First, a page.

egl-5 also regulates cell migration (Desai et al. 1988; Chisholm 1991). The HSN neuron is born in the posterior egl-5 spatial domain, and its migration and development depend on egl-5 function. The HSN expresses an egl-5 lacZ fusion gene, even after this cell migrates away from the posterior regions. If this represents continued egl-5 expression rather than β-galactosidase perdurance, it suggests that extracellular regional-specific cues are not necessary for maintenance of egl-5 expression once it has been initiated. A similar perdurance of mab-5/lacZ expression has been noted in the migrating M cell (Wang et al. 1993).

Mammalian HOM-C genes are expressed in migrating neural crest cells and in migrating cells during gastrulation (Lufkin et al. 1991; Dush and Martin 1992). Together with the regulation of neuroblast migration by C. elegans HOM-C genes, this suggests that the regulation of migration by HOM-C genes may be general. Interestingly, mammalian evx genes have been implicated in control of gastrulation, and vab-7 , the C. elegans evx homolog, appears to act in an analogous region of the C. elegans embryo (Ahringer 1996). During such migrations, cell movements into the domains of signaling molecules may induce expression of particular HOM-C genes, as has been observed in the case of mab-5 , and the expression of these genes may in turn cause changes in adhesive properties and the migratory properties of these cells.

The regulation of migration by such HOM-C genes may be mediated by membrane receptors whose expression is regulated by these transcription factors. In Drosophila, the gene for the surface adhesion protein Connectin was isolated based on binding to Ubx protein and regulation by Ubx (Gould and White 1992). This adhesion molecule may mediate recognition of particular muscle cells by motor neurons; expression of Connectin in both muscle and motor neurons may be regulated by HOM-C genes (Gould and White 1992; Nose et al. 1994). This precedent suggests that there is not a deep regulatory hierarchy downstream from HOM-C genes but that these transcription factors directly regulate, in some cases, molecules that mediate morphogenetic movements and adhesions.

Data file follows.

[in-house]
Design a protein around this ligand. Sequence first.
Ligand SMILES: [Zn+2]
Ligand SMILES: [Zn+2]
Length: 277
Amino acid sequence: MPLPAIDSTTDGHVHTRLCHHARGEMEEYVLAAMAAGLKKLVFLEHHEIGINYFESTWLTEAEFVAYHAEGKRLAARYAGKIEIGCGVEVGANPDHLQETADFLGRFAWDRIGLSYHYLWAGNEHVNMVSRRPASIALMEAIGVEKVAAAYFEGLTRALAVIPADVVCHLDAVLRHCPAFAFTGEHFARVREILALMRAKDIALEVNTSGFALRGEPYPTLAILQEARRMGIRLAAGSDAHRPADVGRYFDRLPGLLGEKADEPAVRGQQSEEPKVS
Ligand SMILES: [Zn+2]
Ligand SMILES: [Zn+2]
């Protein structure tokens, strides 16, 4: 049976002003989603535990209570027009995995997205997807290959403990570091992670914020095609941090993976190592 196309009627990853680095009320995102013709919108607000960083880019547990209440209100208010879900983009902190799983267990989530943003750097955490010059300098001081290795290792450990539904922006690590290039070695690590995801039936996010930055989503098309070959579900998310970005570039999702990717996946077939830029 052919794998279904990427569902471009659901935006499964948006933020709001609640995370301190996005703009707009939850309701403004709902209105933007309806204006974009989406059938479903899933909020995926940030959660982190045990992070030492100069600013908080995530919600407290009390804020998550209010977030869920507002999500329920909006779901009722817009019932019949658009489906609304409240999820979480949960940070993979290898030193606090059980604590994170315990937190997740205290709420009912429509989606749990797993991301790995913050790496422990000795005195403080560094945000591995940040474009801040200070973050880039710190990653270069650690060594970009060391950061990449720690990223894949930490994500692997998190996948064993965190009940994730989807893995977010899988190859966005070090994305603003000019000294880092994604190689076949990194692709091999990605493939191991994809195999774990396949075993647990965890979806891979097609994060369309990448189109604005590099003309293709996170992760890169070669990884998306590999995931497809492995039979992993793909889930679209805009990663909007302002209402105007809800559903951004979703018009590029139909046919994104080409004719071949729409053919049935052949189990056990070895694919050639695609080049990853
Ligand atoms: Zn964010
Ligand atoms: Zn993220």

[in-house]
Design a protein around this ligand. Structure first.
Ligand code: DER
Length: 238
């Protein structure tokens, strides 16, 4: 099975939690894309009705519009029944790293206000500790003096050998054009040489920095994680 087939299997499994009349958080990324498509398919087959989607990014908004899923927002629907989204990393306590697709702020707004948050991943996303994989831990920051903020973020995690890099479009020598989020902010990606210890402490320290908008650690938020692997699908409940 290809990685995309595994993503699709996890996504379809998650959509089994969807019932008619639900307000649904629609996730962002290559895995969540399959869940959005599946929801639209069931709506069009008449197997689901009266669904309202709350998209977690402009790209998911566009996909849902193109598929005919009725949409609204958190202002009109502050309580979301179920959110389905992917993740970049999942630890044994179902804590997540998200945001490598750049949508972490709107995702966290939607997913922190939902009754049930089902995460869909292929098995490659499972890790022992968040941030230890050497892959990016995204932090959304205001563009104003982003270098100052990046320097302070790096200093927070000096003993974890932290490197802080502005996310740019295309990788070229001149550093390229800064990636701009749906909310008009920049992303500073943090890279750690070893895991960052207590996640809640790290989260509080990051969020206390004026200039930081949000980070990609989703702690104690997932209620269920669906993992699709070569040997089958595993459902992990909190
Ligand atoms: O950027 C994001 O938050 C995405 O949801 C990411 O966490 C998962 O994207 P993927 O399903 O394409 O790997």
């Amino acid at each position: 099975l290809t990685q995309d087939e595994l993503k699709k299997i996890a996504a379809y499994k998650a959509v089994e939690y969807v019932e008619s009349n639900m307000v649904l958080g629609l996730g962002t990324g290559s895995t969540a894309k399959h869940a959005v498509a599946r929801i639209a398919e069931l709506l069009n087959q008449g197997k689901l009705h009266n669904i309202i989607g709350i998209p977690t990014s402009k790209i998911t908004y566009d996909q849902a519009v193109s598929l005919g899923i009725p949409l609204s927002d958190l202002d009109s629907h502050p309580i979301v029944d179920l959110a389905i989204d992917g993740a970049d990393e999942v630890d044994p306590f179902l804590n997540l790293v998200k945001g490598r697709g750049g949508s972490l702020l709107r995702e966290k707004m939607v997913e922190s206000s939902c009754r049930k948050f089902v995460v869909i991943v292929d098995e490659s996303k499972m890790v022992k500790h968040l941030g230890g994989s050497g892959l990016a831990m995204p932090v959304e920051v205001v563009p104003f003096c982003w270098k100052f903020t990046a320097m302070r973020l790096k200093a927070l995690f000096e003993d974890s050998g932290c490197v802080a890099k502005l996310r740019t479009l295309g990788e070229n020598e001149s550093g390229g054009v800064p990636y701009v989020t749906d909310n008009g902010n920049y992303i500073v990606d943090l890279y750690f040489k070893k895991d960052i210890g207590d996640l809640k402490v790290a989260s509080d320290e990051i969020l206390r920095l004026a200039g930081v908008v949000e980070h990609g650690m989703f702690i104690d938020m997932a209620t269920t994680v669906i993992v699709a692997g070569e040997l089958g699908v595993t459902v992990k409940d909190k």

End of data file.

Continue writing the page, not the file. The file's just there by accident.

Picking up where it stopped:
Across phylogeny, HOM-C cluster genes continue to be expressed in neurons (Krumlauf et al. 1993). Because of the function of HOM-C genes in migration of neuroblasts, they may also function in neural pathfinding as well. It is possible that similar cues guide migrating cells and outgrowing neurons so that the same regulatory pathways from HOM-C genes to receptors for guidance cues control cell migration and neural pathfinding (see Antebi et al., this volume).

E. Modification of Reiterated Pattern Elements

The HOM-C genes generate spatial diversity along the A-P axis of animals across phylogeny. Mutations in genes that specify particular spatial domains reveal underlying reiterated spatial domains in the A-P dimension that express similar patterns of cell identity. Thus, the HOM-C genes can be understood as evolutionary adaptations to diversify reiterated basic units of development, the segment in Drosophila, or the P-cell-based segmental unit in C. elegans. The HOM-C genes may modify the activity of other pattern formation genes that specify these more ancient pattern elements.